The legendary actor Marlon Brando appears on the cover of one of the Beatles’ albums. Lady Gaga’s birth name is Stefani Joanne Angelina Germanotta. U2’s song, “Angel of Harlem,” written by Bono, is an homage to Billie Holiday.
Those tidbits of trivia may be rather useless to you, unless you find yourself as a participant in a trivia contest in which such knowledge is not trivial at all.
Not so trivial, however, is the challenge public schools face in properly funding their visual arts, theater and music programs.
So, the Burbank High School Instrumental Music Association recently decided to stage an online trivia contest to benefit the school’s band program.
Billed as a Music Trivia Night and held on Feb. 9, the virtual fundraiser was emceed by Burbank High School’s jazz band leader Tracy Henry and featured special guest hosts, actors and Burbank residents W. Earl Brown, who starred in HBO’s “Deadwood” and recently appeared in the Disney+ show “The Mandalorian,” and Diandra Lyle, who plays the role of Jess Dunn in the Disney Channel’s “The Secrets of Sulphur Springs.”
Staged in partnership with the national online music trivia platform Deep Cut Trivia, participating supporters were able to compete for a donation of $5, make a further donation if they chose to do so, keep up with the action via Zoom, and then submit their answers through either their phone or computer in hopes of winning a prize.
Brian Hay, who has an extensive background in the recording industry, is a supporter and volunteer who serves on the BHS IMA’s parent fundraising committee. The father of a 16-year-old sophomore who plays drums in the school’s jazz band, Hay said it has been very challenging to raise money for the program in the current environment.
“We figured that because everyone now knows how to use Zoom, doing an online fundraiser would be a great way to not only raise funds, but to also unite some of the parents who have not participated in our past fundraisers,” said Hay. “And we were thrilled that Earl and Diandra were willing to be so supportive and help us raise funds that will go toward the purchase of instruments and supplies and take care of instrument repair.”
The trivia challenge itself, composed of three rounds, saw first-, second- and third-place prizes awarded that had been donated by local businesses, including Porto’s Bakery, Technicolor and Warner Records.
The BHS IMA, which encompasses jazz and wind bands, string and symphonic orchestras, a marching band, color guard and winter percussion (a competitive drumming ensemble), provides students with the skills they need to be a musician while also helping them to grow into thoughtful, sensitive, caring, articulate and well-rounded adults.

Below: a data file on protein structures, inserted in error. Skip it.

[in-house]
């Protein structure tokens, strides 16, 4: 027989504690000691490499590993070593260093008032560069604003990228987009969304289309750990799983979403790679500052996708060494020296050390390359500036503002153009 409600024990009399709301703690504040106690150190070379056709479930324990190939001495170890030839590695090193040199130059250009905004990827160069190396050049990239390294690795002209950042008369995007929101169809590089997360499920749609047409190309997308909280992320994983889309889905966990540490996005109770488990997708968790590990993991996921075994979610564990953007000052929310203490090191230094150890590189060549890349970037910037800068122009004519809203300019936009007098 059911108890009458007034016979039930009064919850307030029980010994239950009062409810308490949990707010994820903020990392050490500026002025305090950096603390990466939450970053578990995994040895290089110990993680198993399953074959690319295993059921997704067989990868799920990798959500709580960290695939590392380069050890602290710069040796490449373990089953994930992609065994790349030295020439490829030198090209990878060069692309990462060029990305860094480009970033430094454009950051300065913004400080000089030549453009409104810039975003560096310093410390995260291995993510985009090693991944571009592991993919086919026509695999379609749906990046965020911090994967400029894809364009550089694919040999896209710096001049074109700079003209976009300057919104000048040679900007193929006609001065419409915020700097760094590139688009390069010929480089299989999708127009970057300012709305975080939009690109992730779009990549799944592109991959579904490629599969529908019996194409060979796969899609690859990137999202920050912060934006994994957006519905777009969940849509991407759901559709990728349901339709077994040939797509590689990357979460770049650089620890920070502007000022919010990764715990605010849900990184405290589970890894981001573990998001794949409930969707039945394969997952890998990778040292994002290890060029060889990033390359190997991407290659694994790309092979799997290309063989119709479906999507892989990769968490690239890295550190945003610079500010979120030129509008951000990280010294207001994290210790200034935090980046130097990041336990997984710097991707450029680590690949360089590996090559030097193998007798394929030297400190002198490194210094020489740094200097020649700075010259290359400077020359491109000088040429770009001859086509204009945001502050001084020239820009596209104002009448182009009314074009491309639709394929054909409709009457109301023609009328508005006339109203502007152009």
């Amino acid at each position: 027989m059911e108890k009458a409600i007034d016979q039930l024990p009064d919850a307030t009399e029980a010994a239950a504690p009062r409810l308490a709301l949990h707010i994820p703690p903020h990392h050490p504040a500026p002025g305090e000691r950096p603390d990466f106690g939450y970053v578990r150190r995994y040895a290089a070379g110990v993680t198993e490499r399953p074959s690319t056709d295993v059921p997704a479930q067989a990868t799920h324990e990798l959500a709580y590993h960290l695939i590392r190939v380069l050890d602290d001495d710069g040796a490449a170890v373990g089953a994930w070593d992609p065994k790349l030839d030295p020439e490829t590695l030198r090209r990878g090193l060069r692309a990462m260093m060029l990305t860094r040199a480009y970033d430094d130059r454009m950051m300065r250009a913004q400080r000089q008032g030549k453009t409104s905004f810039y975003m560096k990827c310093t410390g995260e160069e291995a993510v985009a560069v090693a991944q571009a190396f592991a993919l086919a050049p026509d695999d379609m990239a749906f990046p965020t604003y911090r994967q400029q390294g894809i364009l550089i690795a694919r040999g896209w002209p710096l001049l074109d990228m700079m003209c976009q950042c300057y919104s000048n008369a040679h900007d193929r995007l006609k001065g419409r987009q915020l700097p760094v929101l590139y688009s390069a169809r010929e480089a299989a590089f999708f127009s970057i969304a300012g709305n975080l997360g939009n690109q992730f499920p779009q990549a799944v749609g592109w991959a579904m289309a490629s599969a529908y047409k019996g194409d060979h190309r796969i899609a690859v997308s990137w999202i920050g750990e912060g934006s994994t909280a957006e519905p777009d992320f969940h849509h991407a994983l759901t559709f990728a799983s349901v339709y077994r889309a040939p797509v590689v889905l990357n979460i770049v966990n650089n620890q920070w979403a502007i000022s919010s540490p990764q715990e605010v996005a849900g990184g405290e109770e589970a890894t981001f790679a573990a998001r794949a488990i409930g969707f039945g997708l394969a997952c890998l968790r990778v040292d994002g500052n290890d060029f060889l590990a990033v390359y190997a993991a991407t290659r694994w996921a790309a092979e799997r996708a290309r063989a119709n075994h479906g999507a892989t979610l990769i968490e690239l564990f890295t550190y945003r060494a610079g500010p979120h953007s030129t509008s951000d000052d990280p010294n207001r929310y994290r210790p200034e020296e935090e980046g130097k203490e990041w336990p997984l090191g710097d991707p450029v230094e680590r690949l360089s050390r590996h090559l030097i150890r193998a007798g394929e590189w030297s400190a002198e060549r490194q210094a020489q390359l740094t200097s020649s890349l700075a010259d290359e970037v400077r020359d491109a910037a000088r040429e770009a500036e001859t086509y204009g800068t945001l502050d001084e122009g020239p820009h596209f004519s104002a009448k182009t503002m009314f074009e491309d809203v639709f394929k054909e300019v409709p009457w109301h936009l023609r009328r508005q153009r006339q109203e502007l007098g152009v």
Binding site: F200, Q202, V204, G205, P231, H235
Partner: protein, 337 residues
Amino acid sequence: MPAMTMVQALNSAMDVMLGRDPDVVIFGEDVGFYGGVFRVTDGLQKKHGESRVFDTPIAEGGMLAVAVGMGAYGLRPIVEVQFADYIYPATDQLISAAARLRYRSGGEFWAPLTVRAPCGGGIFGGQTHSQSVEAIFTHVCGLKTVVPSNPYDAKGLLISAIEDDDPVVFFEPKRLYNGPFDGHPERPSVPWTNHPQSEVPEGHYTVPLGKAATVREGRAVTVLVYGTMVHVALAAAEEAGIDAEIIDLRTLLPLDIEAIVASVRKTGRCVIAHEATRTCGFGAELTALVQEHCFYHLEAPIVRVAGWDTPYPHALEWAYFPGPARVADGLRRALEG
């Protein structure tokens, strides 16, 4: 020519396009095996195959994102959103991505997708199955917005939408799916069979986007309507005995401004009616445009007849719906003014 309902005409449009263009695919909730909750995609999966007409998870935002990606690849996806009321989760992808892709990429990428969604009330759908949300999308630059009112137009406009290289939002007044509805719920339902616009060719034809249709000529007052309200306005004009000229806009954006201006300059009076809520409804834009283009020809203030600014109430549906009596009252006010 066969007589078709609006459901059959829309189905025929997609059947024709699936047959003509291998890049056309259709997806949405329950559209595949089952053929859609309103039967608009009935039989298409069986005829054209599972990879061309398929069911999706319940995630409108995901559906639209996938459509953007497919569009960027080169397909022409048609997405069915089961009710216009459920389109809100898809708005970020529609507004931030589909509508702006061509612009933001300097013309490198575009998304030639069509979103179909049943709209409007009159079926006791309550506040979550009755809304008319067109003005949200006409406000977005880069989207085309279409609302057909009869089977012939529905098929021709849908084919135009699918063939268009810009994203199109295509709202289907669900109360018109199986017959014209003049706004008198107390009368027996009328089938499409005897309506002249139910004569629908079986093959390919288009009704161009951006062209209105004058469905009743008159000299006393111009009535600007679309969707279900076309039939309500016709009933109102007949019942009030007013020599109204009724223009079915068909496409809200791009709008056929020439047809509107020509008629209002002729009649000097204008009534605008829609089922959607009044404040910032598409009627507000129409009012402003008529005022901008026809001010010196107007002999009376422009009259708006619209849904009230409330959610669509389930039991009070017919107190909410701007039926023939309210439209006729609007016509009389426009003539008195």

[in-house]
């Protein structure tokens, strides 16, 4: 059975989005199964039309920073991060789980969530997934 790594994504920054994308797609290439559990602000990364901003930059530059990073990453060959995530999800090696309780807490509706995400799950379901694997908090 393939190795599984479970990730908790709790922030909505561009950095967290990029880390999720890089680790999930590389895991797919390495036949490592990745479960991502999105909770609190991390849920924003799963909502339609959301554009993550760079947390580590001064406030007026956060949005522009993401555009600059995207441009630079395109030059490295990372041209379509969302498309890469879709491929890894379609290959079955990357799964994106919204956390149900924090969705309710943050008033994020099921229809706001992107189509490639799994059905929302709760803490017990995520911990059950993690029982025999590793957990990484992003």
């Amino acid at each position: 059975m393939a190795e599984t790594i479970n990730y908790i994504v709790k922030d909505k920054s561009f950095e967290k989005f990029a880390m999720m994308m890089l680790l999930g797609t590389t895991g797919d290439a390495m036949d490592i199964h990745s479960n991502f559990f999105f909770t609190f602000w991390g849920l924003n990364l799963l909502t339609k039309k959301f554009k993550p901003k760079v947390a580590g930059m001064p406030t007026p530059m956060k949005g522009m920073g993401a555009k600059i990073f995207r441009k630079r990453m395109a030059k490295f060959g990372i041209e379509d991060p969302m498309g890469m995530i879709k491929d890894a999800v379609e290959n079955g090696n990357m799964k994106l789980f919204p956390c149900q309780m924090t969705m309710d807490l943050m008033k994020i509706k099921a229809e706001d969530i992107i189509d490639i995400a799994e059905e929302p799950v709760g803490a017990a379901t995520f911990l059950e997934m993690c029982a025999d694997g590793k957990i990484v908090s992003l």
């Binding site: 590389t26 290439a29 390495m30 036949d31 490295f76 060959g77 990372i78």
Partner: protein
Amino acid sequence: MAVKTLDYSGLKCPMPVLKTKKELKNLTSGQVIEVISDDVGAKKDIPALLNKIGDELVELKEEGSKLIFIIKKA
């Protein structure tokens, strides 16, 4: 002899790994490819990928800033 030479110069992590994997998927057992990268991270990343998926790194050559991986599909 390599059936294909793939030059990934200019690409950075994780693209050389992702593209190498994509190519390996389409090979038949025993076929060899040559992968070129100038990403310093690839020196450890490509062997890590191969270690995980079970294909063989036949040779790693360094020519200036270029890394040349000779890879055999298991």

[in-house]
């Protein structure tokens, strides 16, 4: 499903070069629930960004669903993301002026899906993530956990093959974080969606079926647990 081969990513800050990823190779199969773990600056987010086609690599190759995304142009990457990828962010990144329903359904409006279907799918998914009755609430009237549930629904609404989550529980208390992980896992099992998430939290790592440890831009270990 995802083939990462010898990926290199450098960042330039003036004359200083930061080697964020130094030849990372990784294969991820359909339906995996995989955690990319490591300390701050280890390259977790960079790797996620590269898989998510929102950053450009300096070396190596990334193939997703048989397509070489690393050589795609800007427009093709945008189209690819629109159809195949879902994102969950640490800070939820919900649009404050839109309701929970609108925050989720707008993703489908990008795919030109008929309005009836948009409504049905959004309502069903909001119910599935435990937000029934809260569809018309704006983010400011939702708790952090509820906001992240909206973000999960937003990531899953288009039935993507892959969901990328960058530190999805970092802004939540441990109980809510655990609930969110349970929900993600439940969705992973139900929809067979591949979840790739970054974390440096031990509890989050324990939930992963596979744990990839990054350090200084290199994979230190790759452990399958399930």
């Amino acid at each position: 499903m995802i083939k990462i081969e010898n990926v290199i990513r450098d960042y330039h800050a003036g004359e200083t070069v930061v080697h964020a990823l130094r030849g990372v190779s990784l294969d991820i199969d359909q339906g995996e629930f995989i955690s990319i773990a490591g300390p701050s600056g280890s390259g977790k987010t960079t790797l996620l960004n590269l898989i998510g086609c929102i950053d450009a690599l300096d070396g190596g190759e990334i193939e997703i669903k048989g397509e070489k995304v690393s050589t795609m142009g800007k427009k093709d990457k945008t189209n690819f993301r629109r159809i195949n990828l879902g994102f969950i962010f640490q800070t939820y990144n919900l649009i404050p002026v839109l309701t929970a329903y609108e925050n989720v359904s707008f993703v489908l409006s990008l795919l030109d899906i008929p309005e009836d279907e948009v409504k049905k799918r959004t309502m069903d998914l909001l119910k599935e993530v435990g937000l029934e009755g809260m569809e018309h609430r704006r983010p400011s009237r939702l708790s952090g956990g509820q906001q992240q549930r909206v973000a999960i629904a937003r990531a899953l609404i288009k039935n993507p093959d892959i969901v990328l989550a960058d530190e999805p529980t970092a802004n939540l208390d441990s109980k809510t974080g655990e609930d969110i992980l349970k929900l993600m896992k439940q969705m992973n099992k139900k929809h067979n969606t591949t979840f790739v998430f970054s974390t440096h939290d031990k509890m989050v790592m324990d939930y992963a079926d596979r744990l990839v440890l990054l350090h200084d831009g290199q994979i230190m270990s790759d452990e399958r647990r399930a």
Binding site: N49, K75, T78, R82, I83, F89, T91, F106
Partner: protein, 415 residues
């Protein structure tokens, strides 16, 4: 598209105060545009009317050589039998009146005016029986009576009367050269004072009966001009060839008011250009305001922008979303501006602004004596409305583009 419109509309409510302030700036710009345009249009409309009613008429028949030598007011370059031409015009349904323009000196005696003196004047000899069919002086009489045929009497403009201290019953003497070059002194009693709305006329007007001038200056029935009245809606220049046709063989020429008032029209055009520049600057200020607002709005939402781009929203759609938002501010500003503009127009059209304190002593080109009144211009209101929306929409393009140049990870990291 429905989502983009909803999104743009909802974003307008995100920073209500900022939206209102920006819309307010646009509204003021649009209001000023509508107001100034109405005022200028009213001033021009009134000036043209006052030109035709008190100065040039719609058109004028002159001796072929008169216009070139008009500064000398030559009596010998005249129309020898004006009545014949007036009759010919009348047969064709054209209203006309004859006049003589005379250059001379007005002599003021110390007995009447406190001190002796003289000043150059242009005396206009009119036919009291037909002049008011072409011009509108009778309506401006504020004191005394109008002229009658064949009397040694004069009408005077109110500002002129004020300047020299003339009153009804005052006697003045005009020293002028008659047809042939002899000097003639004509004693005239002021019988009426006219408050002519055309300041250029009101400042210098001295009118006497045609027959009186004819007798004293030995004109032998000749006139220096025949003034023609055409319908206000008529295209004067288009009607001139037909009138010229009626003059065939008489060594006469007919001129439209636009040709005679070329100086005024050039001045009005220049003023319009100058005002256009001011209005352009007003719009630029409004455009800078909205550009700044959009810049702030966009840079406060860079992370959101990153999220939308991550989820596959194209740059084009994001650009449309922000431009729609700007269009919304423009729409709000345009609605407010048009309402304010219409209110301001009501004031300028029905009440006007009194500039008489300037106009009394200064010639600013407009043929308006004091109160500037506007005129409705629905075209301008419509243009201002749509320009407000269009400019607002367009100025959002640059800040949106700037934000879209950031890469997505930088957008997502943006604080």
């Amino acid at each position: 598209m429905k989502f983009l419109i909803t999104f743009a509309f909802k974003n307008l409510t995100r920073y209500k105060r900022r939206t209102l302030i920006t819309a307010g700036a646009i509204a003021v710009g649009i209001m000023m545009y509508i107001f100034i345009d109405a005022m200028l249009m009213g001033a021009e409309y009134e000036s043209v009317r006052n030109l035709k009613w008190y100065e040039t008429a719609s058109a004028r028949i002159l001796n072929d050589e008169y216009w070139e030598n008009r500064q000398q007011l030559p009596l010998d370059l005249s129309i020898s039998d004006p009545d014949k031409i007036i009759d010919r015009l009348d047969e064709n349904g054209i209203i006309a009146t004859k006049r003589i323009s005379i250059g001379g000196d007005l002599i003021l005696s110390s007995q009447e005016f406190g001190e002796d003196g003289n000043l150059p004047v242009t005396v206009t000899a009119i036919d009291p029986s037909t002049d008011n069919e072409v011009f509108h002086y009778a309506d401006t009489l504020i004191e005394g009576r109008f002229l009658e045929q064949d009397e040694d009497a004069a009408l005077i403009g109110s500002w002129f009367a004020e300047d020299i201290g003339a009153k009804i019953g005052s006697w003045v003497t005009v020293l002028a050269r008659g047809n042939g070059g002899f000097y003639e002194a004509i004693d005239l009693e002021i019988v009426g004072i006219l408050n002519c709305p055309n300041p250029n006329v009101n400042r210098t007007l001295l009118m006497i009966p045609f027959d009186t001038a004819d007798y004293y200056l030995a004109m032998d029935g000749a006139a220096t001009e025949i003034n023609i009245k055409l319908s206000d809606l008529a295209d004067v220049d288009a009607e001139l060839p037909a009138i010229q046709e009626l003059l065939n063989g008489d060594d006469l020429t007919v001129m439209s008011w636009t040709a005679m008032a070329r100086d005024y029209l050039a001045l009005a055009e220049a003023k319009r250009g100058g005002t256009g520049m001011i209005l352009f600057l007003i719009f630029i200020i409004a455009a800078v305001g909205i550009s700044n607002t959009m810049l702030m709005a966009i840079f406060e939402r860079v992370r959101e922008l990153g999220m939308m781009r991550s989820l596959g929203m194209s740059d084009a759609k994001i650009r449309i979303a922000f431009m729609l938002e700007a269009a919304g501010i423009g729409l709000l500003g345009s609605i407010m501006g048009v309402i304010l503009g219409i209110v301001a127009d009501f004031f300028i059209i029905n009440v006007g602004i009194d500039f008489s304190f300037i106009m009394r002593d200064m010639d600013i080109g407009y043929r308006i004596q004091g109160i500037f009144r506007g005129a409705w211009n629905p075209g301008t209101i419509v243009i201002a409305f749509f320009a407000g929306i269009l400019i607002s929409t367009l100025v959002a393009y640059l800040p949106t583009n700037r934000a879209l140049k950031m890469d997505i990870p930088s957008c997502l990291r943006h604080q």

Annie Cavanaugh, who just came to Burbank High School last year as the musical director, is a graduate of Brigham Young University. Along with being an educator with Burbank Unified, she is also a parent of three girls who attend school in the district.
“It’s an understatement to say I have taken over at a unique time,” Cavanaugh said with a laugh.
“Virtual teaching is challenging. Just learning the student’s names and putting a face to the name is a challenge in itself,” Cavanaugh continued. “But I know it is much more of a challenge for our students. One of my students recently told me that his home used to be where he went to get away from the pressures of school — a place to rest, relax and retreat from the worries of the world — but that during the pandemic his entire world has become combined within the four walls of his family’s home. He felt that he no longer has a place to go to retreat.”
Cavanaugh, who has experienced the negative results of the pandemic from both a teacher’s standpoint as well as that of a parent, said she finds it to be heartbreaking that kids are missing so many of the special moments and experiences of school life, especially those associated with a student’s senior year.
“It is a completely different world for these kids,” she opined. “The quarantine’s impact on kids is really different depending on their personalities. I have seen introverts who are thriving, but who are not getting what they need in being pushed into more social interactions. As for the extroverts — it is really hard on them. I have one daughter who is a real social butterfly. She schedules herself to be online as much as she possibly can with school-related work just for the interaction.”
Asked what advice she is giving her students to survive these challenging times, Cavanaugh said she is telling them to persevere.
“Throughout this pandemic the thing I have done the most is to encourage my students to keep playing music,” she said. “These students are in our program because music is their passion. It is a creative outlet, and the pandemic has no power to stop them from embracing their passion and making music. Last year, one of my seniors said they didn’t think they would ever be able to hear what they all sounded like making music together, but by using creative techniques of recording, editing and mixing we have been able to do that, and on May 14 we will be presenting a virtual pops concert that will be streamed through Twitch. So that’s my advice: Just keep making music.”
For more information on the Burbank High School Instrumental Music Program, the upcoming May 14 streaming concert, fundraising events and support opportunities, visit bhsima.com.
David Laurell may be reached by email at firstname.lastname@example.org or (818) 563-1007.